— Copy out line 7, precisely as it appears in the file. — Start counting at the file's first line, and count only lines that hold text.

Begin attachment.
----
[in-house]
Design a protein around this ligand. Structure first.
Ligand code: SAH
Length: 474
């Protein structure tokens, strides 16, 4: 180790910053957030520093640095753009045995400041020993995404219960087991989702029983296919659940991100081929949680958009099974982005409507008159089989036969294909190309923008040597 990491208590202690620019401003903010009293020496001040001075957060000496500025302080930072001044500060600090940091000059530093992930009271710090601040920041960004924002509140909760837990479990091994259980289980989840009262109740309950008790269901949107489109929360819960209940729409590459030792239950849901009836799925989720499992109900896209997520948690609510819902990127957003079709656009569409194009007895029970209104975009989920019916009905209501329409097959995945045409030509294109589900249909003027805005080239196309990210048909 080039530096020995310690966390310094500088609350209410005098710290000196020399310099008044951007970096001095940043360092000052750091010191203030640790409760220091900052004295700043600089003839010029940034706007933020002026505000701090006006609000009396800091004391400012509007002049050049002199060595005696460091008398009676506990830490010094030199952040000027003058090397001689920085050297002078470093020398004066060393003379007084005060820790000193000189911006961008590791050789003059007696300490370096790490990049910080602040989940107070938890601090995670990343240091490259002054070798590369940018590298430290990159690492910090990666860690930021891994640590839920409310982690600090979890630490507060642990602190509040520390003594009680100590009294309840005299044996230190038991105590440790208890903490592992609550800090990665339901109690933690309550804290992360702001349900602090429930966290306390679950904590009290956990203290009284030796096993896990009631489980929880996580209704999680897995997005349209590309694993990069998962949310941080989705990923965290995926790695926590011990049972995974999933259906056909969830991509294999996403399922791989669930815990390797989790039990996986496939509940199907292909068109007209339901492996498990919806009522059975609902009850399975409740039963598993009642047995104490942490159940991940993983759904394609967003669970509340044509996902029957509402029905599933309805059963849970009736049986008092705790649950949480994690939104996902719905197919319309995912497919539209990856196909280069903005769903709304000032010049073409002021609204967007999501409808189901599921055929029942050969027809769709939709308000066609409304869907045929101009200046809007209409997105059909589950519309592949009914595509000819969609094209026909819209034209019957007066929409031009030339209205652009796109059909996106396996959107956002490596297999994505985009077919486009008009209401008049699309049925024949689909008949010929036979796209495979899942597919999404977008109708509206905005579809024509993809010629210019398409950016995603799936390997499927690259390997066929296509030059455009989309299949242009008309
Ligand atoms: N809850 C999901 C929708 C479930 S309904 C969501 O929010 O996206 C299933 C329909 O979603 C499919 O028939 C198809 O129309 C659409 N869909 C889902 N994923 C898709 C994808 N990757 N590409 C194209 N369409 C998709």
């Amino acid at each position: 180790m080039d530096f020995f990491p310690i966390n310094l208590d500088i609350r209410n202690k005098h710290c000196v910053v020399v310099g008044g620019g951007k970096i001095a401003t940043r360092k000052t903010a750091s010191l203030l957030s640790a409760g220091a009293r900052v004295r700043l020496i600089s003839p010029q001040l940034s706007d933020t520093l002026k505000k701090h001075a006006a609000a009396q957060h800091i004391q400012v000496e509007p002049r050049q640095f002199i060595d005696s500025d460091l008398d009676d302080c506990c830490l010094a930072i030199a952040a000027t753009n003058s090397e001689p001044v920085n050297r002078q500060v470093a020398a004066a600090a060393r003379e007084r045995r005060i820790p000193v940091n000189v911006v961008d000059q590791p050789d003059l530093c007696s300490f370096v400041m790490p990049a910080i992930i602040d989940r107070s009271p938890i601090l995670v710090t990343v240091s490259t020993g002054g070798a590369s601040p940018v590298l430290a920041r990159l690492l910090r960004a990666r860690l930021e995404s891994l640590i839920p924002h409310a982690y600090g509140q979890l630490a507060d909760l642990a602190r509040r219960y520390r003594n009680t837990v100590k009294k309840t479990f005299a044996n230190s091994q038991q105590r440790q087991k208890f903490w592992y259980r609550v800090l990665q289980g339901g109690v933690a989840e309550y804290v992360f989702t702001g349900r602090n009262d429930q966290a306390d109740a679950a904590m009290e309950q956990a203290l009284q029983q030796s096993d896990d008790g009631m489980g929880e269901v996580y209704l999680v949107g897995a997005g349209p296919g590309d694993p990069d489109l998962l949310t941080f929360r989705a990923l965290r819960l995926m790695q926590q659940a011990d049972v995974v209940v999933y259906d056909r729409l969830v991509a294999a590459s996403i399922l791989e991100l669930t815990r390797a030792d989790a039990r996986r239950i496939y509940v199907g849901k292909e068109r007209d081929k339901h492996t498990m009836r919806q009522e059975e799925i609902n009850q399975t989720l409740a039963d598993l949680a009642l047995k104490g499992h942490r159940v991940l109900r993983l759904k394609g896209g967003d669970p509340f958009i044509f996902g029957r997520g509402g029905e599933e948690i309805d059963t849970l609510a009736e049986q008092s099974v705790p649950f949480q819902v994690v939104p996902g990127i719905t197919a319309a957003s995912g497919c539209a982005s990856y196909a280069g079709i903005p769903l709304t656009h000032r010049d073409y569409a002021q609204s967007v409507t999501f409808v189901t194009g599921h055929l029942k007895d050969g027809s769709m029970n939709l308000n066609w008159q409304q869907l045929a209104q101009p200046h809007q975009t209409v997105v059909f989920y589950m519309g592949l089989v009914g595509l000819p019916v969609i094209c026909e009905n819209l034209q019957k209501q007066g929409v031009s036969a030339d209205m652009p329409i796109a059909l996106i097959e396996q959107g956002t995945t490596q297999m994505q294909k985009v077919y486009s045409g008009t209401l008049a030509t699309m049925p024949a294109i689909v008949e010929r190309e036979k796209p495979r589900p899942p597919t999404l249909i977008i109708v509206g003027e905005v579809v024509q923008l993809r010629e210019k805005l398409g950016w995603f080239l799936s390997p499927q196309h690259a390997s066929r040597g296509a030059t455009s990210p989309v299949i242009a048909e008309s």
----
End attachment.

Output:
């Amino acid at each position: 180790m080039d530096f020995f990491p310690i966390n310094l208590d500088i609350r209410n202690k005098h710290c000196v910053v020399v310099g008044g620019g951007k970096i001095a401003t940043r360092k000052t903010a750091s010191l203030l957030s640790a409760g220091a009293r900052v004295r700043l020496i600089s003839p010029q001040l940034s706007d933020t520093l002026k505000k701090h001075a006006a609000a009396q957060h800091i004391q400012v000496e509007p002049r050049q640095f002199i060595d005696s500025d460091l008398d009676d302080c506990c830490l010094a930072i030199a952040a000027t753009n003058s090397e001689p001044v920085n050297r002078q500060v470093a020398a004066a600090a060393r003379e007084r045995r005060i820790p000193v940091n000189v911006v961008d000059q590791p050789d003059l530093c007696s300490f370096v400041m790490p990049a910080i992930i602040d989940r107070s009271p938890i601090l995670v710090t990343v240091s490259t020993g002054g070798a590369s601040p940018v590298l430290a920041r990159l690492l910090r960004a990666r860690l930021e995404s891994l640590i839920p924002h409310a982690y600090g509140q979890l630490a507060d909760l642990a602190r509040r219960y520390r003594n009680t837990v100590k009294k309840t479990f005299a044996n230190s091994q038991q105590r440790q087991k208890f903490w592992y259980r609550v800090l990665q289980g339901g109690v933690a989840e309550y804290v992360f989702t702001g349900r602090n009262d429930q966290a306390d109740a679950a904590m009290e309950q956990a203290l009284q029983q030796s096993d896990d008790g009631m489980g929880e269901v996580y209704l999680v949107g897995a997005g349209p296919g590309d694993p990069d489109l998962l949310t941080f929360r989705a990923l965290r819960l995926m790695q926590q659940a011990d049972v995974v209940v999933y259906d056909r729409l969830v991509a294999a590459s996403i399922l791989e991100l669930t815990r390797a030792d989790a039990r996986r239950i496939y509940v199907g849901k292909e068109r007209d081929k339901h492996t498990m009836r919806q009522e059975e799925i609902n009850q399975t989720l409740a039963d598993l949680a009642l047995k104490g499992h942490r159940v991940l109900r993983l759904k394609g896209g967003d669970p509340f958009i044509f996902g029957r997520g509402g029905e599933e948690i309805d059963t849970l609510a009736e049986q008092s099974v705790p649950f949480q819902v994690v939104p996902g990127i719905t197919a319309a957003s995912g497919c539209a982005s990856y196909a280069g079709i903005p769903l709304t656009h000032r010049d073409y569409a002021q609204s967007v409507t999501f409808v189901t194009g599921h055929l029942k007895d050969g027809s769709m029970n939709l308000n066609w008159q409304q869907l045929a209104q101009p200046h809007q975009t209409v997105v059909f989920y589950m519309g592949l089989v009914g595509l000819p019916v969609i094209c026909e009905n819209l034209q019957k209501q007066g929409v031009s036969a030339d209205m652009p329409i796109a059909l996106i097959e396996q959107g956002t995945t490596q297999m994505q294909k985009v077919y486009s045409g008009t209401l008049a030509t699309m049925p024949a294109i689909v008949e010929r190309e036979k796209p495979r589900p899942p597919t999404l249909i977008i109708v509206g003027e905005v579809v024509q923008l993809r010629e210019k805005l398409g950016w995603f080239l799936s390997p499927q196309h690259a390997s066929r040597g296509a030059t455009s990210p989309v299949i242009a048909e008309s």